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A root canal is a dental procedure performed to correct a severely decayed, problematic tooth. This procedure involves the removal or extraction of the tooth’s pulp, or soft tissues. The pulp of a tooth is made up of nerves, blood vessels, and connective tissue that help the tooth form and grow and perform its intended task. Root canal treatment comprises the removal of the infected pulp, cleaning and disinfection of the inside areas of the tooth, and then the replacement of the tooth pulp with a filling. The filling acts as a seal that protects the tooth from reinfection.
This procedure is often required as a result of gum disease, or periodontal disease, as well as trauma, and tooth decay. A root canal may also be requires when bacteria enters the pulp of a tooth and causes an infection. This treatment relieves pain caused by an infected tooth or an abscessed tooth and can help improve a patient’s oral health and general wellbeing. Contact our Gainesville dentists with Van Dyke General and Implant Dentistry to schedule root canal treatment and to learn more about our available general dentistry services.
Our dentists perform root canals on-site, within our dental office. Before starting your root canal, a member of our team will take dental X-rays of the affected tooth and the teeth surrounding the problematic tooth. The digital X-ray helps our dentists determine the extent of the damage and ensures that root canal therapy is the ideal treatment option for you. To start the procedure, local anesthesia is given in order to numb the infected tooth and the surrounding gums. Nitrous oxide sedation may also be available to ensure you are sufficiently numbed and feel comfortable throughout the procedure.
Before beginning root canal therapy, our dentist will place a small rubber dam over the area. This isolates the tooth, keeping it dry for treatment. Next, our dentist will make a small opening in the crown of the tooth in order to gain access to the tooth’s pulp. Tiny dental instruments are then used to remove nerves, blood vessels, and tissus from inside of the tooth and, once the infected pulp is extracted, the pulp chamber and canals of the root are disinfected and shaped. Once empty, the canals are filled with a flexible, rubber-like dental material and a temporary dental filling is then placed in the tooth to seal it and prevent bacteria from entering the hole.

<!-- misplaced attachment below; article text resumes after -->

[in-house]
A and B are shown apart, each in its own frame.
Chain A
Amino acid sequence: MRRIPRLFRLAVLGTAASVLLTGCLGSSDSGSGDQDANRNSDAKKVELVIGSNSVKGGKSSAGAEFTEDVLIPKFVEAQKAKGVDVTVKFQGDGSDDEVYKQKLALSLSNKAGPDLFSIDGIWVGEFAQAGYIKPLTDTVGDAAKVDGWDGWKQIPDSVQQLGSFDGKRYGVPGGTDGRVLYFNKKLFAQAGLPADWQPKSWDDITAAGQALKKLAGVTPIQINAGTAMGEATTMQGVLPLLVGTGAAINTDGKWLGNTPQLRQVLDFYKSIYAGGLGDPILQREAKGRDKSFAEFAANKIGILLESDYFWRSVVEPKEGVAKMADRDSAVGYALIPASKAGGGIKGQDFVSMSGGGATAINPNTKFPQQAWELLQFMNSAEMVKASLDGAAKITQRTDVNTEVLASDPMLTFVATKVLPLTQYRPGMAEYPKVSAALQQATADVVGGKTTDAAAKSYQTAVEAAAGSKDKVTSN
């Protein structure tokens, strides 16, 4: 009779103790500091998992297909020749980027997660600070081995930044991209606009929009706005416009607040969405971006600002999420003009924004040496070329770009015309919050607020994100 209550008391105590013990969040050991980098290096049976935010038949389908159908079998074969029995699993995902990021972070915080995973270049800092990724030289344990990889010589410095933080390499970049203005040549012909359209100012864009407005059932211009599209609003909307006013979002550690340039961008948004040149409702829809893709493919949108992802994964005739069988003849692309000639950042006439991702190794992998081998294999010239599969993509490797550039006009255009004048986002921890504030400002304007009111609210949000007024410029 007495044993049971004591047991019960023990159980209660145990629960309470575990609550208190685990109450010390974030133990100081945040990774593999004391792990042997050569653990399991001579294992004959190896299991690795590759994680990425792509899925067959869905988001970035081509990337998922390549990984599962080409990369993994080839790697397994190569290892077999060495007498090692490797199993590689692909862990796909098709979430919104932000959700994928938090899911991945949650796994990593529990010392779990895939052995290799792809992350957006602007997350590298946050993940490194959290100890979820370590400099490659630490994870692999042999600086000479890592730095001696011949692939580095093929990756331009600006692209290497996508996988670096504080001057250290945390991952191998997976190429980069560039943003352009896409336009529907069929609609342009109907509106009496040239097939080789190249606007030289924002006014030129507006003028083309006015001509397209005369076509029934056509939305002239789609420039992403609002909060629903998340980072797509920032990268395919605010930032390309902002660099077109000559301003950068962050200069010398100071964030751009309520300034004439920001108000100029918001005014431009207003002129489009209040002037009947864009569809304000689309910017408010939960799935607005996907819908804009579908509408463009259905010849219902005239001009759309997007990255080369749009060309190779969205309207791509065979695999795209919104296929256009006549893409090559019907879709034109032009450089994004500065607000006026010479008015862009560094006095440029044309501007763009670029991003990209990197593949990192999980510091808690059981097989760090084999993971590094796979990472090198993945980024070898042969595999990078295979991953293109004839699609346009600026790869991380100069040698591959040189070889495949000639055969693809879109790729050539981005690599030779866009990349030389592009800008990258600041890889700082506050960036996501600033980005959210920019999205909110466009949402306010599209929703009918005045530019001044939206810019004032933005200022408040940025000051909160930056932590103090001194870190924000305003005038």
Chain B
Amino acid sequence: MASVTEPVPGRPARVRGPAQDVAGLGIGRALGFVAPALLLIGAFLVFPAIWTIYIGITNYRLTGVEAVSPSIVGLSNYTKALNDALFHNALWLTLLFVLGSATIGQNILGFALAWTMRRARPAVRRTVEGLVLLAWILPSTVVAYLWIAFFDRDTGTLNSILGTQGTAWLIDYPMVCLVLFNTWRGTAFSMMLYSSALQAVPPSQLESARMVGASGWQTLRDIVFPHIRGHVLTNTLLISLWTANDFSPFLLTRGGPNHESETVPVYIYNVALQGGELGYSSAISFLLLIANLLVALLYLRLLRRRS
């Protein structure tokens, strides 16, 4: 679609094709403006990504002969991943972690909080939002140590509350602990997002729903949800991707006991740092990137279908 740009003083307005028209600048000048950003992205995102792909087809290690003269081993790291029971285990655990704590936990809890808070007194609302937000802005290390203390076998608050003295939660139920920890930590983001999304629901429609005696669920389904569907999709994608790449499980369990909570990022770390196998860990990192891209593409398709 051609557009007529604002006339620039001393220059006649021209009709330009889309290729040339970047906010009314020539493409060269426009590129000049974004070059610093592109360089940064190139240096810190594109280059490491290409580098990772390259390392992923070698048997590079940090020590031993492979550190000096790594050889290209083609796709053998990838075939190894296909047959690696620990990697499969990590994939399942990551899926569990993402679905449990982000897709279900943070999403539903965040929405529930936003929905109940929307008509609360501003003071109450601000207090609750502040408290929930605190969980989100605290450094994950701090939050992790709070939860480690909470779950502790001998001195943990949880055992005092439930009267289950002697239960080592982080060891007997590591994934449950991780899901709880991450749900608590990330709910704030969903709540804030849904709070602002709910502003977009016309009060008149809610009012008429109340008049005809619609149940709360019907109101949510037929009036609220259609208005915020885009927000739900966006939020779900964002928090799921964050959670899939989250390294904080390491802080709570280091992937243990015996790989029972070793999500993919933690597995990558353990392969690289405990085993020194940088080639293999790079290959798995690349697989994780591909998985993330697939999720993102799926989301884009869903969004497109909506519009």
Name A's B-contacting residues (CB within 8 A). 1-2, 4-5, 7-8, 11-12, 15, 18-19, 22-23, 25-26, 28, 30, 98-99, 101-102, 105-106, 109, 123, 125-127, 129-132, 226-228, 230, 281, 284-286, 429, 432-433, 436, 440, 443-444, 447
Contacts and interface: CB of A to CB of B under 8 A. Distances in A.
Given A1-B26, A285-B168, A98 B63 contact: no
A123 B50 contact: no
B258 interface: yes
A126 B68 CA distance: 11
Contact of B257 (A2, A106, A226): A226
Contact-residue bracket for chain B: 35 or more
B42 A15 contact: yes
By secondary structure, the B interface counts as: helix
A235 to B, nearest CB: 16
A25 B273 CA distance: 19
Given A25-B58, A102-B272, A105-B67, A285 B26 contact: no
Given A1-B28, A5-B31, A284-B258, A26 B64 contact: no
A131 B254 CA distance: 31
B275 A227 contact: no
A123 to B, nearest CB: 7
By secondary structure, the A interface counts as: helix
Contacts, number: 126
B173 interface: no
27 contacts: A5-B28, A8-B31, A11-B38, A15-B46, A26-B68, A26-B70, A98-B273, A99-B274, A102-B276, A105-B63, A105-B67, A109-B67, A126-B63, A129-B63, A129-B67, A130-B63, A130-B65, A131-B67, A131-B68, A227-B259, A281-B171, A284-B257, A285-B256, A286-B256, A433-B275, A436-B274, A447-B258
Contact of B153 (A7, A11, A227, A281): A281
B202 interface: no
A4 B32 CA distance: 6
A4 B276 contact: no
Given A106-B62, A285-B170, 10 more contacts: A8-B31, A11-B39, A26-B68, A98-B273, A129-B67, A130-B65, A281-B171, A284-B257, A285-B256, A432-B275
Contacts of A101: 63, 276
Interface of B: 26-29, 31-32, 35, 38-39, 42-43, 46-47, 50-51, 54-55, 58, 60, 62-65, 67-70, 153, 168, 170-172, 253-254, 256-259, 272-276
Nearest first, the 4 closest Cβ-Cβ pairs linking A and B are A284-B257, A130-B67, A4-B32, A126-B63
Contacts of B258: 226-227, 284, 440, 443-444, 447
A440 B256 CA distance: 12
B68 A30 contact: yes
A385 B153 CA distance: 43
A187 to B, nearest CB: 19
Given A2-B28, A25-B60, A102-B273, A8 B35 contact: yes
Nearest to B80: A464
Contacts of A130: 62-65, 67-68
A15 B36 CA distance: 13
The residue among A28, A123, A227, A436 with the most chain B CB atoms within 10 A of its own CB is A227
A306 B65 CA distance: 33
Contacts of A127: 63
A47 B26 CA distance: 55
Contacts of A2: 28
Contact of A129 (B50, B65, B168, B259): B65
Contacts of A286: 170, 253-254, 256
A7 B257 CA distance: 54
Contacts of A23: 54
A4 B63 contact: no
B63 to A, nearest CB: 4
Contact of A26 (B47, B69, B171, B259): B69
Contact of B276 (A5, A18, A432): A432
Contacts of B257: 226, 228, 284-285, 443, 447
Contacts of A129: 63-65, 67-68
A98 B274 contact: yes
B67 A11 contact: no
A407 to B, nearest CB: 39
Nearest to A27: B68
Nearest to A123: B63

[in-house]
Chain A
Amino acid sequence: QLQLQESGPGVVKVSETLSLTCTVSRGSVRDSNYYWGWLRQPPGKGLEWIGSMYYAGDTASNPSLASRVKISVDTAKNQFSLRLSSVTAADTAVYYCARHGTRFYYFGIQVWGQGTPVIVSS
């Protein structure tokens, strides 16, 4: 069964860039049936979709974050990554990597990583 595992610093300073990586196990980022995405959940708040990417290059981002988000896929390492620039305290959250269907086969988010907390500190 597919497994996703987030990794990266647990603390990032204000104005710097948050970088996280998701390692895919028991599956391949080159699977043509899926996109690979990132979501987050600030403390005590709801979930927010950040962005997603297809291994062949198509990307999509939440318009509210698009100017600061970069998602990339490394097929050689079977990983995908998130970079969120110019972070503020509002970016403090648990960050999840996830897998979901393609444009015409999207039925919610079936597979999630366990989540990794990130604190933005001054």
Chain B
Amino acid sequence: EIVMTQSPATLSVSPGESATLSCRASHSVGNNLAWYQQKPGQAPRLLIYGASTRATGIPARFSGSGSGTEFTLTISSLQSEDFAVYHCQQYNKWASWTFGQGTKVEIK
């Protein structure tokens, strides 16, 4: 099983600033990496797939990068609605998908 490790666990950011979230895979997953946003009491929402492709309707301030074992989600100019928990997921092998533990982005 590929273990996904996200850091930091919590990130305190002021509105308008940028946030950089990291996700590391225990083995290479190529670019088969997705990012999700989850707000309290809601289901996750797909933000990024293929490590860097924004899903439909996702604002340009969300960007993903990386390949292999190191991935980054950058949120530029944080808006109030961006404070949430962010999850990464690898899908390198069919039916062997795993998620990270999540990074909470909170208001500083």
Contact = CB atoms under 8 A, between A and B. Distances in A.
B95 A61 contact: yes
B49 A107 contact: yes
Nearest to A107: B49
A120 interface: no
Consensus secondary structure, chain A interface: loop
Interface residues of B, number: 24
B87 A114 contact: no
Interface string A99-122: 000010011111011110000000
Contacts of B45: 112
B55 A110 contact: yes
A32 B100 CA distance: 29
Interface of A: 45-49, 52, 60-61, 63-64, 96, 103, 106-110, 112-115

In most situations, patients require a root canal and crown treatment. Dental crowns are used in root canal therapy to protect the treated tooth and to restore the patient’s bite. Crowns are customized to each patient and made in our laboratory. When your custom crown is ready for placement, typically 2–3 weeks after the initial appointment, then we will remove the temporary filling and place the permanent crown. In some cases, the crown may be placed during the same appointment as the root canal.
The amount of time required to complete a root canal procedure can vary from patient-to-patient, depending on the extent of the damage and infection in the tooth and whether or or more teeth requires root canal treatment, among other factors unique to each patient. In some cases, root canal therapy may require a single or multiple appointments to complete. On average, root canal treatment can take up to an hour to complete. If a patient undergoes treatment on a larger tooth containing multiple roots, it may take longer to complete. For more information, please contact our Gainesville dental office.
Root canal treatment may be necessary when the tissue within the tooth becomes infected or necrotic. This can be caused by extensive decay, trauma to the tooth, deep fillings, tooth fractures, or periodontal disease. Inside a healthy tooth is soft tissue called pulp. If the pulp becomes inflamed or infected, it requires endodontic treatment to maintain the tooth. Without this procedure, the patient will experience further tooth pain and an abscess. An abscess effects the jaw bones and can become a dental emergency.
In some cases, patients may not be aware that they have one infected tooth or multiple infected teeth. However, oftentimes, patients notice certain symptoms, including tooth pain that will not subside, intense sensitivity to heat and cold, swollen and inflamed gums, a lesion on the gums, tooth discoloration, pain when pressure is applied, and loose, chipped, or cracked tooth.